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Amar'e Stoudemire will likely lead a potent Knicks bench this season.
The Knicks have one of the deepest team's in the league after their productive offseason. Despite limited resources, Glen Grunwald has pieced together a team that has depth at every position.
New York has Beno Udrih to come off the bench either as the backup point guard or third-string point guard, depending on the starting lineup (if Prigoni and Felton start, Udrih becomes the backup). Udrih has proved he is solid three point shooter and has only turned the ball over 1.5 times per game in an average of 23.5 minutes per game (via ESPN).
The Knicks will need the reigning sixth man of the year, J.R. Smith, to be more consistent this year than last. However, Smith is currently recovering from knee surgery and his status for opening night is in doubt. If Smith can return to full strength and perform well, he gives the Knicks an elite scorer off the bench, something Brooklyn lacks.
It is also possible that New York will have three big men available on the bench to back up Tyson Chandler. Andrea Bargnani, Kenyon Martin and Amar'e Stoudemire each offer something different and Woodson will need to find ways to play to their strengths.
Bargnani is a solid three-point shooter, Amar'e has a solid mid-range game and K-Mart is the best defender of the three. Woodson will need to make time for all three to get on the floor.
Brooklyn has also invested in their bench this offseason. They added Jason Terry in the trade with Boston to give them a scorer off the bench. While Terry is a solid offensive player, he is nowhere near the level of player as J.R. Smith (at least not anymore).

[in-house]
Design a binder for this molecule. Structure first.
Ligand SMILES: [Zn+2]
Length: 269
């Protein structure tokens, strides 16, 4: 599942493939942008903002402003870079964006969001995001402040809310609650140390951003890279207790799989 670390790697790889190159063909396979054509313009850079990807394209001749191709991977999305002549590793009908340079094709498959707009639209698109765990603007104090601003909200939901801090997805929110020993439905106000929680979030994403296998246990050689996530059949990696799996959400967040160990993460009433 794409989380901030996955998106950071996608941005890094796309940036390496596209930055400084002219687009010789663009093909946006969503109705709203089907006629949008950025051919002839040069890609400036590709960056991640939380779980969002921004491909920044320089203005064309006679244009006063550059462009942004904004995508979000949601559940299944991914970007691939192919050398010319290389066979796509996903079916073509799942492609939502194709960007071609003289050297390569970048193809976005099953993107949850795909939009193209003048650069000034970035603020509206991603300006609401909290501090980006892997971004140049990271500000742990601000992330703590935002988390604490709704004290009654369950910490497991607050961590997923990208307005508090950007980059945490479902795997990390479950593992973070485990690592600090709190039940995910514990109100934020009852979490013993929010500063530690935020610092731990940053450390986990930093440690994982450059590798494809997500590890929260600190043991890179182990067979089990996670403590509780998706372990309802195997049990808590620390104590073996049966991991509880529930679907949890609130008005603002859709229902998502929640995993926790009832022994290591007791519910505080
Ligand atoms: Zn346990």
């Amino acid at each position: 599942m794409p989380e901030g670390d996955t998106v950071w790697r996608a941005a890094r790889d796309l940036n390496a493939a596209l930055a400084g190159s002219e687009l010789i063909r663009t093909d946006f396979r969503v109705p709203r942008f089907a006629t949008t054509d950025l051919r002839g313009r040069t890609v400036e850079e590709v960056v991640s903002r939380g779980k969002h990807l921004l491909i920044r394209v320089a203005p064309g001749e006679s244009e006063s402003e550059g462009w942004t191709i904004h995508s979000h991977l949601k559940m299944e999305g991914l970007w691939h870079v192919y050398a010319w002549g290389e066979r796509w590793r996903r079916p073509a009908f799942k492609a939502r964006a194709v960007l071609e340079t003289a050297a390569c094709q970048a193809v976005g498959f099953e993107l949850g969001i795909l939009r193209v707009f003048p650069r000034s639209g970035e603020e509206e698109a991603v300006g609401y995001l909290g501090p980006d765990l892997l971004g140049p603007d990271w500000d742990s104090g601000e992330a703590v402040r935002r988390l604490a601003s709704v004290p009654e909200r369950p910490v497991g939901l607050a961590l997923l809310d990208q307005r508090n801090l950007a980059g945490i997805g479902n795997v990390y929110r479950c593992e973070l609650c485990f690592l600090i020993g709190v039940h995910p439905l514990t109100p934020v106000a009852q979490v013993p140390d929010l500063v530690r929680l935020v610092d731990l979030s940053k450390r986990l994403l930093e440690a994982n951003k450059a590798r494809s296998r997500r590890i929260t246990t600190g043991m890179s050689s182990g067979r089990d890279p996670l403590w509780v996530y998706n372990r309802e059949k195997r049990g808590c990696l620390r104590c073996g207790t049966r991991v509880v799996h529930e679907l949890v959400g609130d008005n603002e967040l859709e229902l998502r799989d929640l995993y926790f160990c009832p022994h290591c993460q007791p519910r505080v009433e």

The Nets also added Andrei Kirilenko to their bench this summer. Kirilenko is the ultimate glue guy who will play more than most people think in part to the advanced age of Garnett and Pierce. The two veterans will likely get more rest than they have in the past in an effort to keep them fresh for the playoffs and Kirilenko is sure to get some of those minutes.
Alan Anderson was also added to Brooklyn's bench this offseason. Anderson, 30, had a breakout season last year with Toronto after averaging 10.7 points in 23 minutes per night.
Brooklyn shored up their backup point guard situation after signing Shaun Livingston to a one year deal worth the veteran’s minimum. The 27-year-old is a solid ball-handler and has only averaged 1.5 turnovers per game for his career.
In one of the most under-the-radar offseason moves, Brooklyn managed to retain big man Andray Blatche with a one-year contract worth $1.4 million. This signing is huge for Brooklyn because Blatche gives Brooklyn a solid big man off the bench to spell Garnett and Brook Lopez.
While Brooklyn significantly improved their depth, New York's bench is much deeper. The Knicks have more big men off the bench and still have plenty of shooting with Smith and even Metta World Peace. Brooklyn is not too far behind, but New York's bench is one of the deepest in the league.